While I’d never argue they get rid of Spaceship Earth, as it is iconic, I pretty much fall asleep every time I go on the ride and the animatronic sections need a serious update. The nostalgia and tradition of the experience does not keep me awake. I remain confused why anyone does Living with the Land more than once (which is how often I’ve done it). They could do something really awesome with modern animatronics and Spaceship Earth, surely?
Shifting Away From The Magic
There was a time I got the magic wholesale. I’d be swept up in the parades and the music. I’d go away from Fantasmic feeling like it had been some sort of emotional experience. I can’t even describe the feelings that used to sweep over me after watching IllumInations: Reflections of Earth.
I’m not saying some of these things still don’t work. Fantasmic is still a great show that is better than the sum of its great parts. Reflections of Earth are still some of the best fireworks you can see on a nightly basis (and I do love them). It probably also explains why I really didn’t connected with Wishes, it just feels a bit tradition focused, while I want spectacle in my fireworks show.
The Disney parks still have exemplary staff that add significantly to the whole experience.
At the same time, it’s all a bit more mundane and not that magical. I’m also not so high on the magic scale that I’m going to cry up on walking into the Magic Kingdom and seeing the castle at the end of Main Street.
This is why the fact Disney hadn’t changed much disappointed me. It doesn’t do much for spectacle seeing the same things 10 years later. Possibly, for someone higher on the tradition scale, this would be a ‘good’ thing as they could revel in the tradition, history and nostalgia of the familiar.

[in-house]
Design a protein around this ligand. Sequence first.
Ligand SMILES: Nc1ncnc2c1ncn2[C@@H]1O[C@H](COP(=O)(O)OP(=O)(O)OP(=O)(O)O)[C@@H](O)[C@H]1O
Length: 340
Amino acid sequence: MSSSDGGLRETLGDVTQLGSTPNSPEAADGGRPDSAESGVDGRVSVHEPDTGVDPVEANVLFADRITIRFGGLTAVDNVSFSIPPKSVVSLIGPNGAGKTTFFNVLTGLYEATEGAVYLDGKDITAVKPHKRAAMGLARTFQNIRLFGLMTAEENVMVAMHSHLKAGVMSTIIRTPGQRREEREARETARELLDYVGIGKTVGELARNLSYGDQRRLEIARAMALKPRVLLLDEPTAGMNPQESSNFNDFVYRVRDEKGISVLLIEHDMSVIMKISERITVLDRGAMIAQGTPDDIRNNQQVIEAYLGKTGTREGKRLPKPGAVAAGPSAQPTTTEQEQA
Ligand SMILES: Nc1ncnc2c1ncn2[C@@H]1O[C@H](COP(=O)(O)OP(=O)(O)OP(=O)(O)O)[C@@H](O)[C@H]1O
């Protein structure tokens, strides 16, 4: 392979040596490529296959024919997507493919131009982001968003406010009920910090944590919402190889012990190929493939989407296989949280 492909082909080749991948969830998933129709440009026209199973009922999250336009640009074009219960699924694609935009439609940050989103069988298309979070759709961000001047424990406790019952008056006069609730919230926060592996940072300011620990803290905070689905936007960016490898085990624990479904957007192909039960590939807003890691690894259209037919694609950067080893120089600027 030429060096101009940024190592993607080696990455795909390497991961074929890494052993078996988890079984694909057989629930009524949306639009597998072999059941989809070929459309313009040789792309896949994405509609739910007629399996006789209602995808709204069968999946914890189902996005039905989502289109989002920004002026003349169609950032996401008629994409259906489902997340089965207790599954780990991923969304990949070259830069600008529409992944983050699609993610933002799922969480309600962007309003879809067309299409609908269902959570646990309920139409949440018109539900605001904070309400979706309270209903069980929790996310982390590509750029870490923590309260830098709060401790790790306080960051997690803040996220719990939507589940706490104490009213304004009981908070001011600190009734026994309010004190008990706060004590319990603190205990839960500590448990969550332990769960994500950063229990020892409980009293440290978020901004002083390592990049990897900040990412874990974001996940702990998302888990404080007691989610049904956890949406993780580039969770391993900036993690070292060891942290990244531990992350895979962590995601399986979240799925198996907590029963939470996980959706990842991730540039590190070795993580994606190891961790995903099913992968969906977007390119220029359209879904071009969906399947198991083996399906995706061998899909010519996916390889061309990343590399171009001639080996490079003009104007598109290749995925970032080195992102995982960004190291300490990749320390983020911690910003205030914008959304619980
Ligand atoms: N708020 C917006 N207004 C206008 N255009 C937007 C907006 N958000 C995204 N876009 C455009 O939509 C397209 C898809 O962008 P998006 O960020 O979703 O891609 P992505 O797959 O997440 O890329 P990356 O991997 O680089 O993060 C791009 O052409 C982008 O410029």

Character Encounters Aren’t Magical
That’s a bit brutal, they are magical for some. I even get why some people enjoy them, the interactions can be enchanting and humorous. Understanding that in the abstract or seeing how it enchants others doesn’t necessarily translate in it being magical for me.
I have great memories of some character interactions, most notable from Disneyland Paris. These are all based on family interactions with characters not personal ones to me. Let’s just say there was a time Disneyland Paris characters seemed to have more freedom than their Disney World counterparts. There was also a time Chip and Dale literally snuck up on us while we were relaxing on a bench in Epcot that still makes me smile.
It’s all the spontaneous ones that weren’t us going to a pre-arranged meet.
Is Universal Showing The Way?
You know what what the experience was during my September 2016 trip that swept me away and delivered the sort of magical awe and spectacle that I used to get from Disney World: the Wizarding World of Harry Potter areas in Universal Studios.
I was blown away by the feel of it, the level of immersion, the detail and it was just inspiring. Those areas in Universal felt how Disney used to feel. It felt how Disney should be..now. Not harking back to its past but delivering on the new and inspiring. Universal nailed the ‘Disney Magic’ with their Harry Potter stuff. If they could also nail the staff consistently they’d be on to an even bigger winner.
The spectacle element also goes for Universal as a whole. While Disney World felt the same, Universal Orlando felt like an offering that had been gutted and replaced with abandon. This was a good thing. I guess someone with a tradition weighting would still be bruised by the loss of the Jaws ride, or the original Kong attraction, and I get that, but it isn’t me.
Don’t get me wrong. I adore Disney World. I spent 14-days there with 11 of them spent in Disney World. It’s just my appreciated of it has changed. The magic weighting has lowered and the need for spectacle has increased. I still get the magic but it tends to be the non-Disney, less saccharin delivered ways as I’ve got older (for example just experiencing how great some parts of the parks look at night)
This is different for others and that is great. It would be a boring world if we all thought the same. I’d still be driven insane by someone dragging me all around the old, history and tradition based attractions though.
It would certainly be interesting to know what some people think of the spectacle, magic and tradition pillars on which an individual’s view of Disney is based? How would you rate your own high, medium and low?